Truck drivers across Australia to strike at midnight causing major disruption for food, fuel, and package deliveries
- Thousands of Toll truck drivers will strike for 24 hours from midnight
- Food, fuel and the delivery of packages may potentially be disrupted
- Deliveries of vaccines and essential medical supplies would not be disrupted
- Workers are protesting the casualisation of the transport industry
Deliveries of food, fuel and packages will potentially be disrupted after truck drivers across Australia agreed to a strike from midnight.
The 24-hour strike by 7,000 Toll drivers is over a proposal by the employer to open up work to labour hire casuals and contractors.
The Transport Workers’ Union said delivery of vaccines and essential medical supplies will not be disrupted by the strike.
Negotiations between the drivers and Toll over a new enterprise bargaining agreement broke down, with the union claiming the company wants to cut overtime paid to permanent employees and bring in casuals and contractors on lower wages.
The 24-hour strike by 7,000 Toll drivers is over a proposal by the employer to open up work to labour hire casuals and contractors
Transport Workers Union rep Ian Buckingham speaks to striking truckies in Brisbane, Queensland
The Transport Workers’ Union said delivery of vaccines and essential medical supplies would not be disrupted by the strike.
Allan Beacham, president of Toll Global Express, told ABC News that the company was prepared to manage the disruption caused by the strike.
‘We have been planning for this event, we didn’t want it to happen and we will leave no stone unturned today to actually ensure that we put parcels on the doorsteps and groceries on the shelves,’ he said.
Mr Beacham said Toll would ‘draft in’ casual and subcontractors to meet its delivery commitments around the country, perhaps confirming the union’s fears.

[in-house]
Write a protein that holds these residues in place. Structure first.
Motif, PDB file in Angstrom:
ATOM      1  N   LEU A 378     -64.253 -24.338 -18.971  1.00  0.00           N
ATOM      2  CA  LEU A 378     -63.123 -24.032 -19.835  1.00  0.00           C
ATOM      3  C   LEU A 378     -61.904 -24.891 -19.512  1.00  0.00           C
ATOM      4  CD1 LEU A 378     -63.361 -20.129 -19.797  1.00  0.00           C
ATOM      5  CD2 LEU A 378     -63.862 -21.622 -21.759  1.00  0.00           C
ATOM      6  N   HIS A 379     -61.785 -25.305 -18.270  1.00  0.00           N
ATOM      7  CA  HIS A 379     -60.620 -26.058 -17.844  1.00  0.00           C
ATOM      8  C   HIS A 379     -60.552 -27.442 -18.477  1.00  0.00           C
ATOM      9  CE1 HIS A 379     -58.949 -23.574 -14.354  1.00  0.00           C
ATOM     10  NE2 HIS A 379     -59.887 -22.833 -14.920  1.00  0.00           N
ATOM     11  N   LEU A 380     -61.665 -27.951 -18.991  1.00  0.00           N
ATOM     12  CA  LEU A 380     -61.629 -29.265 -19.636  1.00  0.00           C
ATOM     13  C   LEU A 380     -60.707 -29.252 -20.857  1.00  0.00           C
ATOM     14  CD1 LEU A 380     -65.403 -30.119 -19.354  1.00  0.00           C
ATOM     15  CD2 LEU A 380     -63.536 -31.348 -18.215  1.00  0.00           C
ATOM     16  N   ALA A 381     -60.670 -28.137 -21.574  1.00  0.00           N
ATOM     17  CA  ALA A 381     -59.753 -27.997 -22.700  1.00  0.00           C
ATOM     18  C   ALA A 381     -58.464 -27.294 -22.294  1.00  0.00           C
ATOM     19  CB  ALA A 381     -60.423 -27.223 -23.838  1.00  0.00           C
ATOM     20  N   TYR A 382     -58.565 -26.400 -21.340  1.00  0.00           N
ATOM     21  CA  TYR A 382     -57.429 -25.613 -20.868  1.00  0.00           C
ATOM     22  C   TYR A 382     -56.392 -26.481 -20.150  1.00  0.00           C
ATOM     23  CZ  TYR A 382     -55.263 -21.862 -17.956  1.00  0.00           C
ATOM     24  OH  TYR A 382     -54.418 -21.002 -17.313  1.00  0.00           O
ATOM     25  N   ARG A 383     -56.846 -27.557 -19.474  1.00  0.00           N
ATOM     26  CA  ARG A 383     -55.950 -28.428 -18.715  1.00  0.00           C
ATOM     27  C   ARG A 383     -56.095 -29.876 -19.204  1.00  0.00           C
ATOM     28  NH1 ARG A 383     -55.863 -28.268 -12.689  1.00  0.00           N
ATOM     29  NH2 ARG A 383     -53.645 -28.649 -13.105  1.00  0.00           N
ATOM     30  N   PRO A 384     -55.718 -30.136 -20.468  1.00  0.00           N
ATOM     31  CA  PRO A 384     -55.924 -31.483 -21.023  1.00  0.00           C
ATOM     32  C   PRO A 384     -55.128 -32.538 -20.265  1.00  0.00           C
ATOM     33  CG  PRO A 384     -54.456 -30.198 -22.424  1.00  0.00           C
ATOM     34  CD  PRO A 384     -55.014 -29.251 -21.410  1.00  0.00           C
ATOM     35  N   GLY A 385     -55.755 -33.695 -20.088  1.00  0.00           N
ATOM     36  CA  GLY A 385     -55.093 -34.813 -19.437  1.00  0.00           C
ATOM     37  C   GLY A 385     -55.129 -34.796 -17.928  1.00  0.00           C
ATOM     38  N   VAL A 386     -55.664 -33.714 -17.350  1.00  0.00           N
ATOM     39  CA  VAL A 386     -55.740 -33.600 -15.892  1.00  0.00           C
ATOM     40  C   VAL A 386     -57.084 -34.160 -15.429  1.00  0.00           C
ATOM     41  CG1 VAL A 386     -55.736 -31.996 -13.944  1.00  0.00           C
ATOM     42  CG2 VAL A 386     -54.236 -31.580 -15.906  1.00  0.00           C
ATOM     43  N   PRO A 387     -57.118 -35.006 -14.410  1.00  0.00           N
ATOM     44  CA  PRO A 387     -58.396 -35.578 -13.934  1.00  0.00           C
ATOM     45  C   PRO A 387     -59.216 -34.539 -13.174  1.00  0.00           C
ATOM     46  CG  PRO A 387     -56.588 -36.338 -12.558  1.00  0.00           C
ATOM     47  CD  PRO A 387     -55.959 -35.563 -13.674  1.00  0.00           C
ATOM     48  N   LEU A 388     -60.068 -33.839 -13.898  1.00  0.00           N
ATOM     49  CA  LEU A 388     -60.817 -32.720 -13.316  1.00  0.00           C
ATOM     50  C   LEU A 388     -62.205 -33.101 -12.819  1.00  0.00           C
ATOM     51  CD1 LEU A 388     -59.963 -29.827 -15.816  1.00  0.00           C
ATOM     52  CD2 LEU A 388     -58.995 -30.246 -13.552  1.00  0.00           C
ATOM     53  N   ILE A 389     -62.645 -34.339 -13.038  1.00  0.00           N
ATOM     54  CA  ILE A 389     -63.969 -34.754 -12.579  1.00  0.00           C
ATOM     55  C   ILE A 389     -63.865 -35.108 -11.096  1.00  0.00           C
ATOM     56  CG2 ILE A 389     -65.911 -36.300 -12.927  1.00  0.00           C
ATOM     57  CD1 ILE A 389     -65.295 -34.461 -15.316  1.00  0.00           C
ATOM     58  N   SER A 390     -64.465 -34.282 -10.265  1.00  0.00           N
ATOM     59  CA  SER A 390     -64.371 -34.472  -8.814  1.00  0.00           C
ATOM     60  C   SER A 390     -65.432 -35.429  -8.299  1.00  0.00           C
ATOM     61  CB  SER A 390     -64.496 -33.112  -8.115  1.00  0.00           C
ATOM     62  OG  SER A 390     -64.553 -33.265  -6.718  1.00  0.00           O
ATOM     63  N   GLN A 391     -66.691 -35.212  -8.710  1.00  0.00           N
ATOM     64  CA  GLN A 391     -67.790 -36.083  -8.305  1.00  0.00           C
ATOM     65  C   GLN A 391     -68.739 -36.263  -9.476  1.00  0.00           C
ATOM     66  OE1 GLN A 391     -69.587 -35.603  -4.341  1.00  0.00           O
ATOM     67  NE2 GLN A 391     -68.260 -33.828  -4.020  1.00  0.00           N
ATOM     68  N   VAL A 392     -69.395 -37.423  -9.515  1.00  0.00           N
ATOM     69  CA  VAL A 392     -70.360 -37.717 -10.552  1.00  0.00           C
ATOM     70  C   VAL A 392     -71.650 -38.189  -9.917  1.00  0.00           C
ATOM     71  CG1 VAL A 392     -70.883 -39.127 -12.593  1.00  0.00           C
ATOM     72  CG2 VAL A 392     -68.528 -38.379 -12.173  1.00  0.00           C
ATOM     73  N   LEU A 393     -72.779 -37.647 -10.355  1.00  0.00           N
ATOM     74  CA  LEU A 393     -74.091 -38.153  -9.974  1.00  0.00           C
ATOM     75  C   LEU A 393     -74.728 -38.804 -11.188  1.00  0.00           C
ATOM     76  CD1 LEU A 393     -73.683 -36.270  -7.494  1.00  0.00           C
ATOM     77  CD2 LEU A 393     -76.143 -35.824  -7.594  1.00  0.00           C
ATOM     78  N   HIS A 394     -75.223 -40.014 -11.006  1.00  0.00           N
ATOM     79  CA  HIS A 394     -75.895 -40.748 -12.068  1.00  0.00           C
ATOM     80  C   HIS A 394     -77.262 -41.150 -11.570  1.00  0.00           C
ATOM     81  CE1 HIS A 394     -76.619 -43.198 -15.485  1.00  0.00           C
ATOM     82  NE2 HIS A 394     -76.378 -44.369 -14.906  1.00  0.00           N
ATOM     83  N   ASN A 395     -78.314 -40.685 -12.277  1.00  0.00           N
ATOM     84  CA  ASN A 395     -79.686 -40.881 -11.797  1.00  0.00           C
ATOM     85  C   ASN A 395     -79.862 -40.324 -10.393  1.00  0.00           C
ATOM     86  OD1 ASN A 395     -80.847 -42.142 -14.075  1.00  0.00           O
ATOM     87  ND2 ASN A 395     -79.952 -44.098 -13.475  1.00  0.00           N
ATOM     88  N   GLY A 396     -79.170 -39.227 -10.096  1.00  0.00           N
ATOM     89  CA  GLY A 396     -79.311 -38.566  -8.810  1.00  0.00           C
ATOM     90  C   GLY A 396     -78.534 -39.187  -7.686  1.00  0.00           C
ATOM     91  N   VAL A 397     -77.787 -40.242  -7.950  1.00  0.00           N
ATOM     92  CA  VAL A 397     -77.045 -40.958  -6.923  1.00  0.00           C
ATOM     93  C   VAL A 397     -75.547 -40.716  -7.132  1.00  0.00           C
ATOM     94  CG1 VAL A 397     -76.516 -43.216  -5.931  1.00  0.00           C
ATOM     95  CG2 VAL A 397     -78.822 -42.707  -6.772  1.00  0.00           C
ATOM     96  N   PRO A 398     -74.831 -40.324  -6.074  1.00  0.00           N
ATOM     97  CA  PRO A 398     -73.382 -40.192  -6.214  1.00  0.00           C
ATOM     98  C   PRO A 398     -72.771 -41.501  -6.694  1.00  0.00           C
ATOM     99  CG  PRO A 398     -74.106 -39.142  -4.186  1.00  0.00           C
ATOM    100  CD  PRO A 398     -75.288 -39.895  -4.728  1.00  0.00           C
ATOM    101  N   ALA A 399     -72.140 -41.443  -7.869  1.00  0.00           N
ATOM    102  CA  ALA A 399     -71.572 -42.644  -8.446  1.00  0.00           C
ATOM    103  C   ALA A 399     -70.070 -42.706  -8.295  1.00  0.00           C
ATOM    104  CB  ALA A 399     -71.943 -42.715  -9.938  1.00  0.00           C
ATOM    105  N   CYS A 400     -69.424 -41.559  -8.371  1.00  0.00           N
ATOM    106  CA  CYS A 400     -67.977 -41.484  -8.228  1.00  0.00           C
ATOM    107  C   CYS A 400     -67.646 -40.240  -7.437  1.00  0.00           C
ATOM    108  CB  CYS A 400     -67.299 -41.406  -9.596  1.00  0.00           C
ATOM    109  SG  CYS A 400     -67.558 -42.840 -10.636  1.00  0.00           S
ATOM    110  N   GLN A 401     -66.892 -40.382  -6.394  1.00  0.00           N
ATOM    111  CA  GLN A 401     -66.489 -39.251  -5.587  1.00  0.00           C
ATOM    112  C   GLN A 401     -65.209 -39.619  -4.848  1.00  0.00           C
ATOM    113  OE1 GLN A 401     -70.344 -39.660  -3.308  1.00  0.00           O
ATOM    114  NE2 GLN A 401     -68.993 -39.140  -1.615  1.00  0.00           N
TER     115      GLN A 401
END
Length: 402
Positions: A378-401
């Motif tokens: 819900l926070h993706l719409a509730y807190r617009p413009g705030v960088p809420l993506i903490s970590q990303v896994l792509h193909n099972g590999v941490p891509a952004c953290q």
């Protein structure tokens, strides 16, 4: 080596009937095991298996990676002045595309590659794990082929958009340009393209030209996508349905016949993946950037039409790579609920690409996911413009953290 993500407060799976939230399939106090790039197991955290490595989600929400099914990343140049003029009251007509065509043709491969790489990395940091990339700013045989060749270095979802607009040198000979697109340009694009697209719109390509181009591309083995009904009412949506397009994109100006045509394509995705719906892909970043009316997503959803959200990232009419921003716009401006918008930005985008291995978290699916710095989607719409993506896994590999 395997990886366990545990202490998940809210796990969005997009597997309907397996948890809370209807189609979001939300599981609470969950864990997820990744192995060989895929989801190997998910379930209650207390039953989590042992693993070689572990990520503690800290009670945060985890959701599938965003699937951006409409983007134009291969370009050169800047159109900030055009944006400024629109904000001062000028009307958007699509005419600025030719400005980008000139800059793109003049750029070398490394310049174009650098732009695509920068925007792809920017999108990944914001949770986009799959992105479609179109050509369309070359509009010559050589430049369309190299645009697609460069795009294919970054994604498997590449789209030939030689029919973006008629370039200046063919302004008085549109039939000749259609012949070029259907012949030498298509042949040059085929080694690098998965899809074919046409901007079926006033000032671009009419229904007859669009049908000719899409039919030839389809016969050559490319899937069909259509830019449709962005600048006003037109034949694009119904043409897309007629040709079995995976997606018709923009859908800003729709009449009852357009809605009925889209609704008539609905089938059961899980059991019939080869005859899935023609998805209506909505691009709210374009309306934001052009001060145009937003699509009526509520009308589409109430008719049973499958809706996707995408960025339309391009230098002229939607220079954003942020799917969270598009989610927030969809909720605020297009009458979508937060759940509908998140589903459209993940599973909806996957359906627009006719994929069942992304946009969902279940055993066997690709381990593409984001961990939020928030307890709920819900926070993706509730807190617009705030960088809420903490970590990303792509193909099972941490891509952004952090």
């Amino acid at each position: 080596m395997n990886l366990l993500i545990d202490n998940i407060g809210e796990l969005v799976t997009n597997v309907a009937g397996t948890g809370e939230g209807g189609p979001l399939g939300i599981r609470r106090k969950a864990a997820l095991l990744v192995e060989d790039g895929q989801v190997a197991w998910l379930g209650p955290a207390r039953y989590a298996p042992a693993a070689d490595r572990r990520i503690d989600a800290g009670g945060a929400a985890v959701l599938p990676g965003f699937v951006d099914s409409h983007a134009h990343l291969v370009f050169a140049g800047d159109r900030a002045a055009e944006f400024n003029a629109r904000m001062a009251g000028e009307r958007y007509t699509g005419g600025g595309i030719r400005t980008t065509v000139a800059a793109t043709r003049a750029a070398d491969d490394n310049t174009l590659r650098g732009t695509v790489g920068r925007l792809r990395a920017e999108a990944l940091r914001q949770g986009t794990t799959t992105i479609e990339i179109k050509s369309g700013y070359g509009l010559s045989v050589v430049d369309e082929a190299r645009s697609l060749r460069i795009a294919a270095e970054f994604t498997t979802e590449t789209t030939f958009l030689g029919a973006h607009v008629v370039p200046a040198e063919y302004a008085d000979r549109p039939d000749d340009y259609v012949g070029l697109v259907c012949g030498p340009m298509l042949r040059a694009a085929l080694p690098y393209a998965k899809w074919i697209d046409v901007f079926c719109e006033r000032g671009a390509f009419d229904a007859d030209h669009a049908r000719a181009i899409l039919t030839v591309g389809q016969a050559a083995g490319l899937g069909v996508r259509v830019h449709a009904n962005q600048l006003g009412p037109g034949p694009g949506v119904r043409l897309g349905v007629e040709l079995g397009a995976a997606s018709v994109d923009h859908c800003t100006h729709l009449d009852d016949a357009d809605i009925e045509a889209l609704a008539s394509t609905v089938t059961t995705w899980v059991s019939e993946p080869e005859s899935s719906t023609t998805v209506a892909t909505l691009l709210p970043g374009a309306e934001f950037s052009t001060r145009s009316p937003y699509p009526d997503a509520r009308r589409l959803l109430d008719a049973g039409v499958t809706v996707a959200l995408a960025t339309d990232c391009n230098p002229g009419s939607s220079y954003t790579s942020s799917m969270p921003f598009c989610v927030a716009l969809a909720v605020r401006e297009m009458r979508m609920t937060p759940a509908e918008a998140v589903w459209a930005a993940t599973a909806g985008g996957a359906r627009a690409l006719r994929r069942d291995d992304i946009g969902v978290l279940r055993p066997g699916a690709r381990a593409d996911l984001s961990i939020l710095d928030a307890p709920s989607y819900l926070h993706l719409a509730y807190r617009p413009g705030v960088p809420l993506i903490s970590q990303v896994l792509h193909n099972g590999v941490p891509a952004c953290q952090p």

Toll is one of Australia’s largest transport companies, with Coles, Woolworths and McDonalds as customers. It also supplies many retailers, hospitals and other industries.
It’s expected deliveries of certain products could be affected during the strike action due to fewer drivers.
Up to 15,000 other drivers may also go on strike as a result of the enterprise bargaining process currently underway with the major transport companies
Up to 15,000 other drivers may also go on strike as a result of the enterprise bargaining process currently underway with the major transport companies.
The TWU said the transport companies are attempting to casualise the workforce and push wages down.
‘Drivers know all too well what happens when conditions and pay are dragged down in transport: stressed, chronically fatigued drivers are forced to work long hours, speed and skip rest breaks resulting in deaths and injuries on our roads,’ TWU national secretary Michael Kaine said.
Mr Beacham disagreed that workers would be worse off as a result of the current negotiations.
‘Over the past three years we have reduced our casuals and outside hires by over 30 percent,’ he claimed.
‘We are not planning to erode any overtime or conditions, nor are we planning to erode job security conditions.’
Truck drivers across Australia to strike at midnight causing major disruption